• What goes in is what you think about.

And there is nothing better for you to think about than the Word of God because it has the power to transform your life. It helps you connect to the creator of the universe and discover true meaning in life. As you read the Word of God, as you study the Word of God, as you meditate on the Word of God, it will infiltrate your thinking more and more, and you will be left with a better understanding of who God is, a stronger relationship with Him, better relationships with friends and family, a better self-esteem, more direction and purpose in life, a clearer sense of right and wrong, and more. It will improve every area of your life, guaranteed. That’s the next reason:

 

  • The Word of God Has the Power to Transform Your Life

John W. De Gruchy is a minister from South Africa, and he tells a story about a time when he was travelling through Heathrow Airport in London. Let me read it for you:

“My hand luggage emitted the ominous sound which alerts police to the presence of a hidden weapon. Having been taken aside by a police office, my luggage was searched, and eventually the officer confronted me with the offending article. It was a Bible with a metal zipper. My immediate reaction was to protest: “that’s only a Bible,” to which the officer with some theological insight replied: “Maybe, but the Bible can be a very dangerous book!”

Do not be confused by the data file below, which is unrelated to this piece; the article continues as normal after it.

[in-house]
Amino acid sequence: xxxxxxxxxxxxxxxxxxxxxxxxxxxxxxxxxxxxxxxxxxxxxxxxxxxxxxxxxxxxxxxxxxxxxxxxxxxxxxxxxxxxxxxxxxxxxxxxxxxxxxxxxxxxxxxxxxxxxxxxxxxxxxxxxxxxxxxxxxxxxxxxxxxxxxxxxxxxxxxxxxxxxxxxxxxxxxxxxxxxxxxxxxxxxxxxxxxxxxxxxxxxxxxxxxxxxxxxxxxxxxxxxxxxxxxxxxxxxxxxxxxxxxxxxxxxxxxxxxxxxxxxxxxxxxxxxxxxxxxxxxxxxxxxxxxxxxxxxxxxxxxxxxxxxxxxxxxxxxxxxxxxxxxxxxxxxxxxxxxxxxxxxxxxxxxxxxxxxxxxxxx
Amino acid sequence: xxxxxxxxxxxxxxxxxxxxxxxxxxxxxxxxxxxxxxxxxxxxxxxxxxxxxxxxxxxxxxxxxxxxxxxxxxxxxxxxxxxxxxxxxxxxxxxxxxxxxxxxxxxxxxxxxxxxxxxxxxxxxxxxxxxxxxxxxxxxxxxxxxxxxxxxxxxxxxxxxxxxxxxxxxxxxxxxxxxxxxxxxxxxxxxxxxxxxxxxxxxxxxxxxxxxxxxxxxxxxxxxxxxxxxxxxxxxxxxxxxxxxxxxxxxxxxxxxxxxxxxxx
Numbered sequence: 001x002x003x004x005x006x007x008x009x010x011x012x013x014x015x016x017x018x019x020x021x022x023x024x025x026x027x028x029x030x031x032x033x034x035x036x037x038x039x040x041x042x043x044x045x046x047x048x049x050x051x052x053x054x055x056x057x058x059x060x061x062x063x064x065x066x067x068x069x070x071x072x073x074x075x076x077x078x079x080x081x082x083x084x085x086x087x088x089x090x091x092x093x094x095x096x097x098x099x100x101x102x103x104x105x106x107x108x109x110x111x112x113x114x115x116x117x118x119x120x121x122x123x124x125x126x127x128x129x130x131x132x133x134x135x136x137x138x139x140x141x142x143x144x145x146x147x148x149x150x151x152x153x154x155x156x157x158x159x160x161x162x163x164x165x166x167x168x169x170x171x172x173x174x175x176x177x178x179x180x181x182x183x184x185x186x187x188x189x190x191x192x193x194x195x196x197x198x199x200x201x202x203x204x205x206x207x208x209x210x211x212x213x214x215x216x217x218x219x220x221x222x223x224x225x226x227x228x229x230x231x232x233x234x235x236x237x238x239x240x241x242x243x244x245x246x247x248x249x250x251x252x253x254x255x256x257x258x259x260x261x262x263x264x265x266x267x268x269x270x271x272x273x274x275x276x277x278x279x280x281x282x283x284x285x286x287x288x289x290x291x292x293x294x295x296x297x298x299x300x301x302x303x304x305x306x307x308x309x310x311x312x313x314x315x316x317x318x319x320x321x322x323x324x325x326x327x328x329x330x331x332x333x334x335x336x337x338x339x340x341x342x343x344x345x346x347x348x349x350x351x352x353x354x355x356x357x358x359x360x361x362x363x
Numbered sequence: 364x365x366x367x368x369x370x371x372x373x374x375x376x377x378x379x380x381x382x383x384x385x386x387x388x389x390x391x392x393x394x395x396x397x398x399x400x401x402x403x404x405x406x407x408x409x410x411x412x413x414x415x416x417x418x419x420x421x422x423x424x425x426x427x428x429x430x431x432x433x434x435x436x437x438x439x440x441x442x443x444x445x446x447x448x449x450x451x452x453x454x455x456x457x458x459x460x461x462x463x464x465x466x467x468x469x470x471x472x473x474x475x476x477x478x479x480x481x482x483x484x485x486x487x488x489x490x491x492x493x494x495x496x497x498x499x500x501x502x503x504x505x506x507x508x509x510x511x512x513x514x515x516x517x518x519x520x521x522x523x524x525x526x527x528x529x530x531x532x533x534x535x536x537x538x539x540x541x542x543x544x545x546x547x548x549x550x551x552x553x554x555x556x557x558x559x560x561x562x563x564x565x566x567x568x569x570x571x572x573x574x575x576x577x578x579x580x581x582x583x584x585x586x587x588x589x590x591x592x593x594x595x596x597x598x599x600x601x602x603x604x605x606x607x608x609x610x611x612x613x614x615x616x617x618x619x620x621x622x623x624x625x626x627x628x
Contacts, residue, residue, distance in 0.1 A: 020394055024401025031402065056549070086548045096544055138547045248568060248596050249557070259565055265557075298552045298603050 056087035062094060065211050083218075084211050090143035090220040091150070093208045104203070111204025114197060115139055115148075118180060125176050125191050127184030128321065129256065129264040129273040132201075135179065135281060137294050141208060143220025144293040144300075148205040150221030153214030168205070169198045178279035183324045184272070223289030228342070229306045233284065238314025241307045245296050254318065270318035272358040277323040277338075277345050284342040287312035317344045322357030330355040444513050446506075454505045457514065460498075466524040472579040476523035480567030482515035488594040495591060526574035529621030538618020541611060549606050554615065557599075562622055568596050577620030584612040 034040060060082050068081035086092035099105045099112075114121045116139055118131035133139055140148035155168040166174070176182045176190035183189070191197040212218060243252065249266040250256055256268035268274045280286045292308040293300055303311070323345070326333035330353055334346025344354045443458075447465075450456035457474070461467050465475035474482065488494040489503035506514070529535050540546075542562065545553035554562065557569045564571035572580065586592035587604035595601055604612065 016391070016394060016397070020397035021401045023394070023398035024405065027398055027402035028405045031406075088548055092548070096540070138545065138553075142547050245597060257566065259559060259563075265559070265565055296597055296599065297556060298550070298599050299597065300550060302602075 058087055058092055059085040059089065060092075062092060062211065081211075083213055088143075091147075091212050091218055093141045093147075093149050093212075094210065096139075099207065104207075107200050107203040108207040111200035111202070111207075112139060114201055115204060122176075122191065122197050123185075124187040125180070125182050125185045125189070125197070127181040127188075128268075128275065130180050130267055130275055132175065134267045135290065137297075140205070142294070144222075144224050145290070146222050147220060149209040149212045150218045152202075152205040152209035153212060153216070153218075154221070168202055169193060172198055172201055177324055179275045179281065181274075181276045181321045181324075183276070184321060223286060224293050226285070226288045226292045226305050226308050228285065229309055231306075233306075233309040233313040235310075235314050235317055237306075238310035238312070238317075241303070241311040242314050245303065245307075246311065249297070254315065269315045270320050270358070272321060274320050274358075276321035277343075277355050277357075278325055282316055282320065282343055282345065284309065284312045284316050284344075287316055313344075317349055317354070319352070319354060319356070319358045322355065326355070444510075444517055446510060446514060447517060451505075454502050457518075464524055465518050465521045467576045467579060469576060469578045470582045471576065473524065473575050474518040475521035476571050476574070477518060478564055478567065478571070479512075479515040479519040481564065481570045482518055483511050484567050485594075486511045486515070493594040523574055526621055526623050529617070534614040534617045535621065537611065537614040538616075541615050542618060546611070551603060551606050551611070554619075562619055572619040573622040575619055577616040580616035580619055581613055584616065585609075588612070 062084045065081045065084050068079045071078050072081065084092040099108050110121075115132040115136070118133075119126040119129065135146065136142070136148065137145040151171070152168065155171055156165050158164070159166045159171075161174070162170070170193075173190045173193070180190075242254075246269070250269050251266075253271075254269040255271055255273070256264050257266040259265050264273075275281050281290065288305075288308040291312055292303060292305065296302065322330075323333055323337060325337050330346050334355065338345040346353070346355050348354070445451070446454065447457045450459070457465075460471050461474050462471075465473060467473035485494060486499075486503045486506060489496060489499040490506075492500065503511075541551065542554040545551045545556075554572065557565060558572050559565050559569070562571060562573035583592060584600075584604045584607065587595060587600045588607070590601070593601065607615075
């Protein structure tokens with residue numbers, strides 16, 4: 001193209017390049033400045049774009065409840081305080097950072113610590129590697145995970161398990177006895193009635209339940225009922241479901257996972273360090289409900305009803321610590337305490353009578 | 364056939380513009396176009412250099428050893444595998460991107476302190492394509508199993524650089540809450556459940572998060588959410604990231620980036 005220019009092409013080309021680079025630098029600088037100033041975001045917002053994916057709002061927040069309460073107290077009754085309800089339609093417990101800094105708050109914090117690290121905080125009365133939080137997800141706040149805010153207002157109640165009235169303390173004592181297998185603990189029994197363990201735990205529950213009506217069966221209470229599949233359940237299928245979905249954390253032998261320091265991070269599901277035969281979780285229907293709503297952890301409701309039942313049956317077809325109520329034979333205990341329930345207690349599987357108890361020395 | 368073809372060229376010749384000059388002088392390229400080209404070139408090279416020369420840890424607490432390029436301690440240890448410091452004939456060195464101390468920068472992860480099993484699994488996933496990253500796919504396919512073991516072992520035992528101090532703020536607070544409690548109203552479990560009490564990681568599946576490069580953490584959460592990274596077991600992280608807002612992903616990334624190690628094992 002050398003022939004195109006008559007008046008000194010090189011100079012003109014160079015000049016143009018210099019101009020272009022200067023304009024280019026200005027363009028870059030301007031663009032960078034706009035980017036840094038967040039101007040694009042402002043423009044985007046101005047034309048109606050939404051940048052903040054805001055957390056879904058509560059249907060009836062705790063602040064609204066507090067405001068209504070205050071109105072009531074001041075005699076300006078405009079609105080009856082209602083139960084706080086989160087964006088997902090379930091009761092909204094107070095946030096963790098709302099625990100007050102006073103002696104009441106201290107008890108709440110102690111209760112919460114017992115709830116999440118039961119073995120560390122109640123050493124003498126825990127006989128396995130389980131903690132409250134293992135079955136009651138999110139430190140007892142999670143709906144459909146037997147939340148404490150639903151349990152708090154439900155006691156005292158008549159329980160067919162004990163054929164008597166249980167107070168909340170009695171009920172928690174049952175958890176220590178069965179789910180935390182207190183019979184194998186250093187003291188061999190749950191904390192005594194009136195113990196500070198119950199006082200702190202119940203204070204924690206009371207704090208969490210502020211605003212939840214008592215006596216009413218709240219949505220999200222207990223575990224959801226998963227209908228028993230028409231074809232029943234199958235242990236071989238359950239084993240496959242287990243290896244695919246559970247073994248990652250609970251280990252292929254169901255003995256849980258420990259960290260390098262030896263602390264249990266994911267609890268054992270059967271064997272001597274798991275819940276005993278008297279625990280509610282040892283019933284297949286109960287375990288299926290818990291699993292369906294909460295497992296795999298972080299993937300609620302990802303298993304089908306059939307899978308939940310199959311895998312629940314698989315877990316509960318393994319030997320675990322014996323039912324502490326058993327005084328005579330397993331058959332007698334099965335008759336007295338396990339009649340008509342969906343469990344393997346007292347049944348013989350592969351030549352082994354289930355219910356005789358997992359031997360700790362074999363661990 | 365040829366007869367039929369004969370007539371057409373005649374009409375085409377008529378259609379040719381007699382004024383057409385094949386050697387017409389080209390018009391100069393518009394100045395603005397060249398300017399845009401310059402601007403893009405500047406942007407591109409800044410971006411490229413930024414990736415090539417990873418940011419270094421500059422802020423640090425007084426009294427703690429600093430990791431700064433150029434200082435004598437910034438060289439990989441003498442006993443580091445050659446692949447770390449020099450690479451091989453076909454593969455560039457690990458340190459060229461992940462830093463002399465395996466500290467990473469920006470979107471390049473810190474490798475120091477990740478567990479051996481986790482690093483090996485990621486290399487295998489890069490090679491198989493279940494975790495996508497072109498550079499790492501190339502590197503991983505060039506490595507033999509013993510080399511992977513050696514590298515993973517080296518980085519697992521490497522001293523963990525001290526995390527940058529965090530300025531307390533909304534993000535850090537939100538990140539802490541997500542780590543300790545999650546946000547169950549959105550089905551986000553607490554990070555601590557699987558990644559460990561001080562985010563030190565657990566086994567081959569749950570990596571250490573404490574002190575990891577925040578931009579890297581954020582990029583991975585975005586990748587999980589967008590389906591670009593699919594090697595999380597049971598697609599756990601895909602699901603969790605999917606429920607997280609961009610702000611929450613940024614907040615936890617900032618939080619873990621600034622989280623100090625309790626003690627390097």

(from Leonard Sweet’s AquaChurch, p.63)

 

  • It is the Foundation for a Growing Relationship with God

You discover God’s likes and dislikes, you discover how you can live a life that pleases Him, you can discover how He has arranged for you to enter into a relationship with Him, you can discover how that relationship can grow and how you can become more like Him.


Okay. So that’s why we should study it. So if we’re going to do it, how should we do it? How do I study the Bible?
 

 

How do I Study the Bible?

 

Let me give you some tips.

  • Choose a version you can understand

If you go down to the Canadian Bible Society on University Avenue you’ll find what seems to be an endless supply of versions of the Bible that you can either buy right there or have ordered in. In fact, there are so many options that it’s hard to keep track. But that’s a good thing. The reason there are so many versions is so that people can find one that they can understand, that’s written in their own language, and that might have some added features that help them make better use of their Bible.